‘I wasn’t trying to influence anybody’: Bryson responds to Rory’s distance race comments

Bryson DeChambeau admits that he never set out to be a catalyst for change on the PGA Tour.

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Last fall, Bryson DeChambeau admitted what most of the world already knew about him: He wants to be remembered. The 27-year-old had just completed one of the least-believable 12-month stretches in the history of professional golf, overhauling his body, his equipment, his swing and his life in search of a previously undiscovered competitive advantage. And perhaps less believably, it’d worked.

By the time he addressed media in September, DeChambeau was 30 pounds heavier, 20 yards longer and as of a few hours prior, a major champion. The press conference amounted to a Brysonian exclamation point; the fulfilment of his very public promise.

“I think I’m definitely changing the way people think about the game,” he said. “Now, whether you can do it, that’s a whole different situation. There’s a lot of people that are going to be hitting it far. … There’s a lot of young guns that are unbelievable players, and I think the next generation that’s coming up into golf hopefully will see this and go, hey, I can do that too.”

Whether or not he realized it, DeChambeau wasn’t only addressing the next generation of golfers, he was also addressing his competitors. Including, we now know, Rory McIlroy.

“Probably the swing issues and where it all stems from,” McIlroy said on Friday, “probably like October of last year, I was doing a little bit of speed training, started getting sucked into that stuff, my swing got flat, long and too rotational. Obviously I added some speed and am hitting the ball longer, but what that did to my swing as a whole probably wasn’t a good thing, so I’m sort of fighting to get back out of that. That’s what I’m frustrated with.”

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McIlroy was speaking fresh off a missed-cut, 10-over performance at the Players Championship. As the calendar turned to the weekend, he’d be watching from home, while the man he’d emulated was in the thick of the chase for his second victory in as many weeks.

“I’d be lying if I said it wasn’t anything to do with what Bryson did at the U.S. Open,” McIlroy said on Friday. “I think a lot of people saw that and were like, ‘Whoa, if this is the way they’re going to set golf courses up in the future, it helps. It really helps.’”

On Saturday, Bryson was once again at the height of his powers. It doesn’t take a mad scientist (or a physics major, for that matter) to figure out his leaderboard position at TPC Sawgrass (second place at 11 under) or his standing as one of only two players in the field with three rounds in the 60s. But perhaps it’s better for someone with a better grasp of Newton’s laws to help us understand why, when it comes to McIlroy, DeChambeau isn’t very interested in playing the role of visionary.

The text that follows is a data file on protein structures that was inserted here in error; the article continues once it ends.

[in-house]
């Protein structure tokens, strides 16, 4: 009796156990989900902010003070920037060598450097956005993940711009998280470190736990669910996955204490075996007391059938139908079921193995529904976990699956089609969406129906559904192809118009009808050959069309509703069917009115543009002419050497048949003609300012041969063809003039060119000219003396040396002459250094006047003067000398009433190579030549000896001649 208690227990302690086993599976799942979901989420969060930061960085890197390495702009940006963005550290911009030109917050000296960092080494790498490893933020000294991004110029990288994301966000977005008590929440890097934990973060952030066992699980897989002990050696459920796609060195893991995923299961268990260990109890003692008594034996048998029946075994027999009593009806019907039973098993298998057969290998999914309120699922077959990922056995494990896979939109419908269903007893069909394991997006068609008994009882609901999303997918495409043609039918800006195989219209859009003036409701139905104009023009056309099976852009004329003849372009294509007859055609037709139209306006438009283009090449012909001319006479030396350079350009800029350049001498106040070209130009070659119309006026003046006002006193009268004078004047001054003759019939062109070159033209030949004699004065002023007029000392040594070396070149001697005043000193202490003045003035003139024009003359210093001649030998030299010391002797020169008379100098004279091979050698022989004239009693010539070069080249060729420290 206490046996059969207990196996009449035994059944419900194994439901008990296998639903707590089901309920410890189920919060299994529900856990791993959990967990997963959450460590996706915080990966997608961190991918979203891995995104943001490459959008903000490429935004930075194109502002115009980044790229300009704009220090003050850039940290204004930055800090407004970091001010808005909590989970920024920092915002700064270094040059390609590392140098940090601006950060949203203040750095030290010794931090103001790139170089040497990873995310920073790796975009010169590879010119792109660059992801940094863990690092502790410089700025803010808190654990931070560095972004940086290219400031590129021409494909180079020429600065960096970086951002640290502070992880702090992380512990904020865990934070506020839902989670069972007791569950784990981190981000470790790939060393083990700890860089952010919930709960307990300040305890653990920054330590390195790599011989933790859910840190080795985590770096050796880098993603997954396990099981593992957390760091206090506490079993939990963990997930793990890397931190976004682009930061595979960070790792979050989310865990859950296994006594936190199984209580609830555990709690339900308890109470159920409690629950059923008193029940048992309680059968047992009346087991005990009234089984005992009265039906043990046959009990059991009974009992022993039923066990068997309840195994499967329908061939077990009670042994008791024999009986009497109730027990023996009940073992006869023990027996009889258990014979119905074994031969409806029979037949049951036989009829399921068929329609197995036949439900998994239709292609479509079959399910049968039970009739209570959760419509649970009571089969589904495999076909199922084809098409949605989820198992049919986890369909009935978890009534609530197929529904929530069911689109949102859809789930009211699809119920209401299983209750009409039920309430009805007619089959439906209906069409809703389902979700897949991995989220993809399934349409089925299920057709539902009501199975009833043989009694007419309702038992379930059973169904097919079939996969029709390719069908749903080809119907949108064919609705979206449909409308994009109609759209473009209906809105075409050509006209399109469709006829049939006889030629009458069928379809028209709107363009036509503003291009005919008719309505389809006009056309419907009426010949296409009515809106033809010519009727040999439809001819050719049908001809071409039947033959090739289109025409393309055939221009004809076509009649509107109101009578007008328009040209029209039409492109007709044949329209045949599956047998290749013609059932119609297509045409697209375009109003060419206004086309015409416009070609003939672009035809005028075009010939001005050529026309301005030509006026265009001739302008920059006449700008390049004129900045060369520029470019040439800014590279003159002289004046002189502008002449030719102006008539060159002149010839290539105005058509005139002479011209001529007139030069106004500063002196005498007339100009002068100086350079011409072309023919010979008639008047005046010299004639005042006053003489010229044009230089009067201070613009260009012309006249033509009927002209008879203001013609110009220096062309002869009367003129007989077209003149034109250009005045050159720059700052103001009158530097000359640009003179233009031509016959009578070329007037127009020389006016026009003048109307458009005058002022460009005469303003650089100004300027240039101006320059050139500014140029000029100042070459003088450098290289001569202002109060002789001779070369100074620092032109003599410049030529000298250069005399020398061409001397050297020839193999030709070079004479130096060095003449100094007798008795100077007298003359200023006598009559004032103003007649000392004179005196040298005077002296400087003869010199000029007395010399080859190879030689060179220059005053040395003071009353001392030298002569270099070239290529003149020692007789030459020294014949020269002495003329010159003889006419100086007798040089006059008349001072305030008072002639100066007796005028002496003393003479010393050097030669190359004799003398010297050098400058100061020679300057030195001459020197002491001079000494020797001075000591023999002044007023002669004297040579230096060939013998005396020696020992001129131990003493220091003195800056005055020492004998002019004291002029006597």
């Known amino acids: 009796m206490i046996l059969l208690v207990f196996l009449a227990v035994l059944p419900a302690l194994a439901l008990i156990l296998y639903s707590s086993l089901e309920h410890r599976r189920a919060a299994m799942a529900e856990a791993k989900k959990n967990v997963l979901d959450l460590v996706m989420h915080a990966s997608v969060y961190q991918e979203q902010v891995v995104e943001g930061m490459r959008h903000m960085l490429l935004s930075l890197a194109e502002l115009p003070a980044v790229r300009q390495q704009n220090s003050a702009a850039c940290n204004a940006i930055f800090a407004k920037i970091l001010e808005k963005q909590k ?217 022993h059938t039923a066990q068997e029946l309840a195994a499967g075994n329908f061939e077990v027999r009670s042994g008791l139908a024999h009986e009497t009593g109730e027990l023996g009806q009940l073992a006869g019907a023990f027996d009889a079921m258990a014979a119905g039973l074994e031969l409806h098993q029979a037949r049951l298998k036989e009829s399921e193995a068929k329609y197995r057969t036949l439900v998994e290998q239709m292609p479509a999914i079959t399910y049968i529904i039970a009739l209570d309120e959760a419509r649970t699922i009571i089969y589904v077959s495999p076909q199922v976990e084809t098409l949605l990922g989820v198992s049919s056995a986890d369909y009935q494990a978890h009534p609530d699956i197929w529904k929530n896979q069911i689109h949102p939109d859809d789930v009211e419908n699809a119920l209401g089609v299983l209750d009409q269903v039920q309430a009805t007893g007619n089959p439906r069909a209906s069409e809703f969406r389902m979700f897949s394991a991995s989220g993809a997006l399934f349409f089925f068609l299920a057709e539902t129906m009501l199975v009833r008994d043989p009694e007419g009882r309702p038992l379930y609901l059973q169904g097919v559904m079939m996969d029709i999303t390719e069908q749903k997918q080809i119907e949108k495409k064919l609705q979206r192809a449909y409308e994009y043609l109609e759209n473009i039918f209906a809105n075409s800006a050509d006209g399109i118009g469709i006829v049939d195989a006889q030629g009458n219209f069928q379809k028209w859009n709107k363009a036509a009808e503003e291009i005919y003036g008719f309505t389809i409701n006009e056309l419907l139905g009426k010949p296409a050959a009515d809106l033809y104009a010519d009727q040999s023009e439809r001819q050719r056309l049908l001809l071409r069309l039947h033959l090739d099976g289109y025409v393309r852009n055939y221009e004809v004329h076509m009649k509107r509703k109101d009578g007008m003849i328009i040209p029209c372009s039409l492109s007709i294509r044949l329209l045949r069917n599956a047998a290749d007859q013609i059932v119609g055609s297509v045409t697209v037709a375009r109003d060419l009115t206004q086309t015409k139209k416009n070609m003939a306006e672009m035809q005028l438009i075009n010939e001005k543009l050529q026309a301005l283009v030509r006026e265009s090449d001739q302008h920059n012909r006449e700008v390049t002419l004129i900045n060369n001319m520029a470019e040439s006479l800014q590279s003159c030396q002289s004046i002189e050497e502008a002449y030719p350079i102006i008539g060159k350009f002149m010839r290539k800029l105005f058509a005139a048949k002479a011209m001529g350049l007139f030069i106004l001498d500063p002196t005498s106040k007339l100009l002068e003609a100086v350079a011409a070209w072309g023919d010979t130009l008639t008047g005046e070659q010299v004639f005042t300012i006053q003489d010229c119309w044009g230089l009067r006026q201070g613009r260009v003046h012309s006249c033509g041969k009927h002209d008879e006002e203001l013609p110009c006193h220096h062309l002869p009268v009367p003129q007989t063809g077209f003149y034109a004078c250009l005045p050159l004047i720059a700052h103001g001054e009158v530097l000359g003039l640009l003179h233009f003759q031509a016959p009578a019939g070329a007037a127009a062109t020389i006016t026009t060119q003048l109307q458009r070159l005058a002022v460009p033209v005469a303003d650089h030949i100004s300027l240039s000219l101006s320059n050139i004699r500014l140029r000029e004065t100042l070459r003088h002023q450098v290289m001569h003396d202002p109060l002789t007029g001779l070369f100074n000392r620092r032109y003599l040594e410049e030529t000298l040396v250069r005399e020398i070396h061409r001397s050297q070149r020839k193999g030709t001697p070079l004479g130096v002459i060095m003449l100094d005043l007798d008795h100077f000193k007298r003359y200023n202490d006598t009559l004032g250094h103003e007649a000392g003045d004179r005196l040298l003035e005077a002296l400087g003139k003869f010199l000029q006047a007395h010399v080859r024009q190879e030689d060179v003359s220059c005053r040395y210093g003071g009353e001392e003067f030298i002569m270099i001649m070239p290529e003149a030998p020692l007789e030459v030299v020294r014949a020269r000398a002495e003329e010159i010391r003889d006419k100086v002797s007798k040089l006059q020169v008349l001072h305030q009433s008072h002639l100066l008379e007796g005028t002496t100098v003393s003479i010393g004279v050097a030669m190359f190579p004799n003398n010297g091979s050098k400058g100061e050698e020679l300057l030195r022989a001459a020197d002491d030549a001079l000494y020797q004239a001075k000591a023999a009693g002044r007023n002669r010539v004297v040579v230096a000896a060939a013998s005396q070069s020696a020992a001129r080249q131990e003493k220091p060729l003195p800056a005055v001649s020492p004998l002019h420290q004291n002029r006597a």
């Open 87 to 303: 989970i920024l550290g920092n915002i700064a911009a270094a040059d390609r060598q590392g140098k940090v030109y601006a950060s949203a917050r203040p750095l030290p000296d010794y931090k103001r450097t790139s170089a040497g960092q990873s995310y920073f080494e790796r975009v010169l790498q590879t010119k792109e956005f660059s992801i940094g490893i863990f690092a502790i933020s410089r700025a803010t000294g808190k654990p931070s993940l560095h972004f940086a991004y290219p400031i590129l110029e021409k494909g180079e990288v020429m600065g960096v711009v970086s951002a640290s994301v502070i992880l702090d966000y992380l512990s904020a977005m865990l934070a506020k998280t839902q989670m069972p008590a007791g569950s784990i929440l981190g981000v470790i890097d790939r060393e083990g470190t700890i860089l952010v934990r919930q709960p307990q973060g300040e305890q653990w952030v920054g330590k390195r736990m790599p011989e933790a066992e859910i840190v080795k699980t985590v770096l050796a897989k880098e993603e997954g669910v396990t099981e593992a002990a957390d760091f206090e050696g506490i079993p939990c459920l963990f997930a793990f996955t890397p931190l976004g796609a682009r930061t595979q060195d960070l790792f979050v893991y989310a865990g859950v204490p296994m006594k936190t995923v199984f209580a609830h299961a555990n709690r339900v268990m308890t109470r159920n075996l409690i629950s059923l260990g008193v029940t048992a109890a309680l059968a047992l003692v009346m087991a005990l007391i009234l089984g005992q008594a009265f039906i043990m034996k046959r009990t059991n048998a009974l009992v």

“You know, I appreciate it, first off. The second comment I would have that — I wasn’t trying to influence anybody,” he said. “I was just trying to play my own game and hit it as far as I possibly could. And I knew there was going to be an effect. I didn’t know what it would be or who would be affected by it, but again, golf is a weird game.”

Eighteen months into his grand experiment, DeChambeau acknowledges the level of dedication attached to becoming golf’s longest hitter isn’t for everyone — or at the very least, that quadrupling down on protein shakes and swinging with all of one’s might aren’t the only factors in determining golf success.

Bryson DeChambeau has found an unlikely disciple in Rory McIlroy.

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“This journey that I’m on is not taken lightly,” Bryson continued. “I’ve tried to figure out a bunch of different variables that you have to in order to hit it straight, hitting it really far. I knew that there would be some people that would try and some people it would potentially not work for them and some people it may help them.”

It would not be a surprise to see DeChambeau leave TPC Sawgrass on Sunday as a Players champion. In fact, at the 54-hole mark, it might be the tournament’s most likely outcome. These days, DeChambeau’s numbers speak for themselves, if not for his competitors.

“I really don’t know that, but I do appreciate Rory’s comments,” he said. “It’s kind of a sentiment and something that keeps me going every day.”

James Colgan

Golf.com Editor

James Colgan is an assistant editor at GOLF, contributing stories for the website and magazine on a broad range of topics. He writes the Hot Mic, GOLF’s weekly media column, in addition to using his broadcast experience on various social media and video projects. A 2019 graduate of Syracuse University, James — and evidently, his golf game — are still defrosting from four years in the snow. Prior to joining GOLF, James was a caddie scholarship recipient (and astute looper) on Long Island, where he is from.